Fast fashion giant Boohoo has once again come under fire for its operations, this time in regards to reports that it had made “Made in the UK” claims on clothing that was believed to actually have been made in South Asia.
The allegations build on the findings of a wider investigation by BBC Panorama, which had initially set about unveiling possible supply chain and operational malpractices at the firm last November.
According to its latest findings, BBC said that plain T-shirts and hoodies had their original labels removed at Boohoo’s flagship factory, Thurmaston Lane in Leicester, last year, in place of ones that stated such garments were “Made in the UK”.
As such, there is the alleged potential that up to one in 250 Boohoo-made products have been impacted by the switch throughout January and October 2023.
Mislabeling result of ‘human error’
While in a statement to the media outlet Boohoo claimed this was an isolated incident, the BBC estimated that the move could amount to “hundreds of thousands of wrongly labelled garments”.
Noting that the misstep was “a result of human error”, a spokesperson for the company told the BBC: “We have taken steps to ensure this does not happen again.”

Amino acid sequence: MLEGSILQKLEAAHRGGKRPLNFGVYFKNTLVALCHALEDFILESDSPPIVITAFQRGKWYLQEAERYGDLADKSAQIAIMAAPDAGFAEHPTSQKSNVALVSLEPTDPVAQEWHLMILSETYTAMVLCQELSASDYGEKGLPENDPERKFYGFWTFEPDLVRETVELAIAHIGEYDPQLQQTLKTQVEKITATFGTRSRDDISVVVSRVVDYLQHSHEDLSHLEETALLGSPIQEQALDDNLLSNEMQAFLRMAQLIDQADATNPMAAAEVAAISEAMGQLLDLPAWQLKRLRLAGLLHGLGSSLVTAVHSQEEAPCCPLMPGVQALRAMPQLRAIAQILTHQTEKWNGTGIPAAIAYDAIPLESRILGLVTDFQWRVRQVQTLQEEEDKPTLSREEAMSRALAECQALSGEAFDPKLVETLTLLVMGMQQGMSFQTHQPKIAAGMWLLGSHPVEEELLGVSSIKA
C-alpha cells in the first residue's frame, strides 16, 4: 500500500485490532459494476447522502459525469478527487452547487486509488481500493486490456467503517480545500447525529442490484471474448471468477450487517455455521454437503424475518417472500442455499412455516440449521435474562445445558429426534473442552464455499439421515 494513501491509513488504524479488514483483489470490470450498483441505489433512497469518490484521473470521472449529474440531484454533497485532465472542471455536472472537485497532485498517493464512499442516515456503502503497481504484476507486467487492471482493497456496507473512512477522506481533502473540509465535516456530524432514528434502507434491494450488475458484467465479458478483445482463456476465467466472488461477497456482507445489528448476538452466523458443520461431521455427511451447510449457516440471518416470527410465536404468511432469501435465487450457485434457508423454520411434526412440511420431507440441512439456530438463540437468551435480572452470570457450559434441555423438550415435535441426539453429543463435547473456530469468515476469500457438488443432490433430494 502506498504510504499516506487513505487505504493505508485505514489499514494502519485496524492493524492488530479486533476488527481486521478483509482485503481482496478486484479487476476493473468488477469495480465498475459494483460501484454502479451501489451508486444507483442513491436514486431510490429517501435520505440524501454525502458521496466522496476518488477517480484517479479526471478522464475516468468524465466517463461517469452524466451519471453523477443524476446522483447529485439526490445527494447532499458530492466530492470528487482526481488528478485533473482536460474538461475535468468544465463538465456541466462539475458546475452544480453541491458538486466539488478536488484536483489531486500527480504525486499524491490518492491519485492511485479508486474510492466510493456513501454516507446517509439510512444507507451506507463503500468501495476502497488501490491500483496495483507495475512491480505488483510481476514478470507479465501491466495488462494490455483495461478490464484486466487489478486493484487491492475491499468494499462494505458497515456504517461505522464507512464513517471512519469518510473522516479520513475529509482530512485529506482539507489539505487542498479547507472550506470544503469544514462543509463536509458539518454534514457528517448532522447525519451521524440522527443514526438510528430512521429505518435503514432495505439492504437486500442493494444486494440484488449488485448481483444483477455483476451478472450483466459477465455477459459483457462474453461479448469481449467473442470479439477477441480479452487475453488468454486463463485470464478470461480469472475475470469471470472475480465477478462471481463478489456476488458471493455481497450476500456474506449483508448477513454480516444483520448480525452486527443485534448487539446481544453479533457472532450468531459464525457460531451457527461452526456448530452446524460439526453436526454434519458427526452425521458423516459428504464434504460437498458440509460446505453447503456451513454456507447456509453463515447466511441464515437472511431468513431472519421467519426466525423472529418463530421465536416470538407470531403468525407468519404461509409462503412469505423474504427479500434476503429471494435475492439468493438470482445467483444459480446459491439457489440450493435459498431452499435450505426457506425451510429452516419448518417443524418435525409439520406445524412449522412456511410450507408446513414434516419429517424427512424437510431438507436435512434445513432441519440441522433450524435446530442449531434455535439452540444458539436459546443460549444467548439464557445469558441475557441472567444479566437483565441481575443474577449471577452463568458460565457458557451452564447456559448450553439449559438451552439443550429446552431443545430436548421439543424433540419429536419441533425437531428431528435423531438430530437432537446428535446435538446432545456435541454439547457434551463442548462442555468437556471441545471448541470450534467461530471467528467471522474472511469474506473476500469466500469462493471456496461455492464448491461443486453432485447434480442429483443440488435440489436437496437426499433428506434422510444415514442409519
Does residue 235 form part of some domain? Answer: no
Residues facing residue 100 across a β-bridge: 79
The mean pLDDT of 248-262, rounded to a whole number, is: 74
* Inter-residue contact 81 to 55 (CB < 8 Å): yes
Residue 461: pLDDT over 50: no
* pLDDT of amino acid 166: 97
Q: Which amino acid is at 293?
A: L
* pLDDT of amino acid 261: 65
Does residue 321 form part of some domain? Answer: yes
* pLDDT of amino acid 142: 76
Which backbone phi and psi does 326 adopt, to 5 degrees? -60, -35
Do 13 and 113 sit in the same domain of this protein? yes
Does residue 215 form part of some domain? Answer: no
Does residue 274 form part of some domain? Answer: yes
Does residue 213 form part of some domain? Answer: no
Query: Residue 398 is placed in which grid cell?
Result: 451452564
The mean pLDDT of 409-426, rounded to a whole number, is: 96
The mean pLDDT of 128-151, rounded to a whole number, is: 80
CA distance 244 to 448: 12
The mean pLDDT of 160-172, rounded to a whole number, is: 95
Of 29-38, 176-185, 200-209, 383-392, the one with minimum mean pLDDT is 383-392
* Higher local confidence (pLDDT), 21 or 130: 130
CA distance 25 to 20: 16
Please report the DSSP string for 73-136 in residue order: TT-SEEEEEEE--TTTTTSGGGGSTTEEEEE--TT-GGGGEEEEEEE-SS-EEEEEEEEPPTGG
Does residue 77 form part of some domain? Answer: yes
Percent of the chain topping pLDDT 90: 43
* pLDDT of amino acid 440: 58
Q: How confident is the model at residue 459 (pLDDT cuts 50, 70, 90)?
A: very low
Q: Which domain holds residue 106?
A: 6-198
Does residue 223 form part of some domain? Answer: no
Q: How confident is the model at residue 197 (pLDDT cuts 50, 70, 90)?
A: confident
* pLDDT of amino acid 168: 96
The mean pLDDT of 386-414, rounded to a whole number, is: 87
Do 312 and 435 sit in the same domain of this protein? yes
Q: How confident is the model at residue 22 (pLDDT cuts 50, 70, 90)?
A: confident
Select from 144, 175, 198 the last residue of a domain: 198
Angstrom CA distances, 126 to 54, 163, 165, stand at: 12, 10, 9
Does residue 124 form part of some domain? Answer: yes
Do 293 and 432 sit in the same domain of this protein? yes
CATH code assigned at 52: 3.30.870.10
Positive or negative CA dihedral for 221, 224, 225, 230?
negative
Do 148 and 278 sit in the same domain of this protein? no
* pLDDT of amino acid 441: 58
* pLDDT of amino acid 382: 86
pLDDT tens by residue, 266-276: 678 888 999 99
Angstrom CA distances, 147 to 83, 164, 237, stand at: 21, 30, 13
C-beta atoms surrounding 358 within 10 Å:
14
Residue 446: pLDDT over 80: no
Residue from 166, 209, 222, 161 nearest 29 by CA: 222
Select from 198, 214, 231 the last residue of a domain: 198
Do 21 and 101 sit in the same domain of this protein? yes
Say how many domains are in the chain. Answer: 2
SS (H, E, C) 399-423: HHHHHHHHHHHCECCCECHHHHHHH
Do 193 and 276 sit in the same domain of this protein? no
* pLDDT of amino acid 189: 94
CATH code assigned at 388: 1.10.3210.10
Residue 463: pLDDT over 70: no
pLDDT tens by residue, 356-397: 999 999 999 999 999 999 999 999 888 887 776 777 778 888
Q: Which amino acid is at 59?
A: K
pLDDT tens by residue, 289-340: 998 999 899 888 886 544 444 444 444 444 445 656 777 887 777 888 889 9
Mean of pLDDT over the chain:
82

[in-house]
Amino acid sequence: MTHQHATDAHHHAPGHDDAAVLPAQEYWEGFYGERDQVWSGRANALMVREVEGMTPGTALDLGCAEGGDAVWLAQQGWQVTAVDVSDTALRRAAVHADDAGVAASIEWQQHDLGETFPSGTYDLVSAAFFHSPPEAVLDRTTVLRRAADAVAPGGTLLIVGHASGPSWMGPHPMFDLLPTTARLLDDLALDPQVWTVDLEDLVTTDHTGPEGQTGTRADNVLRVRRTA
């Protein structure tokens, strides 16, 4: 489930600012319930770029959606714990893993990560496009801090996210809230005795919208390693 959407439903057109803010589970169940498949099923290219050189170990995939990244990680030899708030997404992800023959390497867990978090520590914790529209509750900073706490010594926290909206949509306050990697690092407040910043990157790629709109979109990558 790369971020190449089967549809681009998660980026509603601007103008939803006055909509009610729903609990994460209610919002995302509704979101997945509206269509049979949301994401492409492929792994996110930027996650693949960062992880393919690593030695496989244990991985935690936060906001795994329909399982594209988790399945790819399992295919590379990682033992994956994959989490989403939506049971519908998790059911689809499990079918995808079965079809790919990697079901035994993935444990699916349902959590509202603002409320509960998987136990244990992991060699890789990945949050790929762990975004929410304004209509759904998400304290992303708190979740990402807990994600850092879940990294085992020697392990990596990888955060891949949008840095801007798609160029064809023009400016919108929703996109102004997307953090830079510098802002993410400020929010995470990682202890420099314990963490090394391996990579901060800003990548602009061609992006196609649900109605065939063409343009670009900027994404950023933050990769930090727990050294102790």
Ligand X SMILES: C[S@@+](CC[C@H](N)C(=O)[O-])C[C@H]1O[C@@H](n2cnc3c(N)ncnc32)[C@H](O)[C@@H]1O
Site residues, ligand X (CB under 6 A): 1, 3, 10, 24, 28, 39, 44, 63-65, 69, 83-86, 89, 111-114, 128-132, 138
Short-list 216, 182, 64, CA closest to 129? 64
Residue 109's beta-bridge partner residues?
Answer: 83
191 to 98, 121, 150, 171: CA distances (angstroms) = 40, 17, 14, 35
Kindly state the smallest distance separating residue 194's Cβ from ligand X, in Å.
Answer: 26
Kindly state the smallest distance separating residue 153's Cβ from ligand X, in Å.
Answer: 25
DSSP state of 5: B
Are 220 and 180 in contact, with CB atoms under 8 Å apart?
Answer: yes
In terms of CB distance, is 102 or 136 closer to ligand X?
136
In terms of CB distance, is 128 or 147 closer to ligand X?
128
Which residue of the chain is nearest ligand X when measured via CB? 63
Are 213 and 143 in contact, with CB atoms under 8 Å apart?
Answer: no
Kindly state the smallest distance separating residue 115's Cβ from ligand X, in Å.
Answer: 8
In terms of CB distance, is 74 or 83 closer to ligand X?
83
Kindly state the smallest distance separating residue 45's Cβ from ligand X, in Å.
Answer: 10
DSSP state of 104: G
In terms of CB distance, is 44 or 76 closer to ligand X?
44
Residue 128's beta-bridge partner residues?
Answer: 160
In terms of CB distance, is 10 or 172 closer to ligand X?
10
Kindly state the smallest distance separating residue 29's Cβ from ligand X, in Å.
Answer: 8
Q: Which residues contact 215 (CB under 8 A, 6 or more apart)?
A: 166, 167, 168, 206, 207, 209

The revelation came just days after reports began circulating that Boohoo was mulling the closure of the Leicester factory, which had already been under scrutiny by the BBC last year for allegations of unfair labour practices and supply chain discrepancies.
Initially opened in January 2022, the location was first marketed as a “model” facility for the group, an attempt to reinforce its commitment to the local community and UK manufacturing as a whole after a series of prior investigations into other facilities had led to various claims of poor conditions.
Now, however, Boohoo is said to be preparing for the closure amid plans to drive efficiency at the business, with a spokesperson for the retail group confirming such speculation in a statement that said it was in a period of consultation.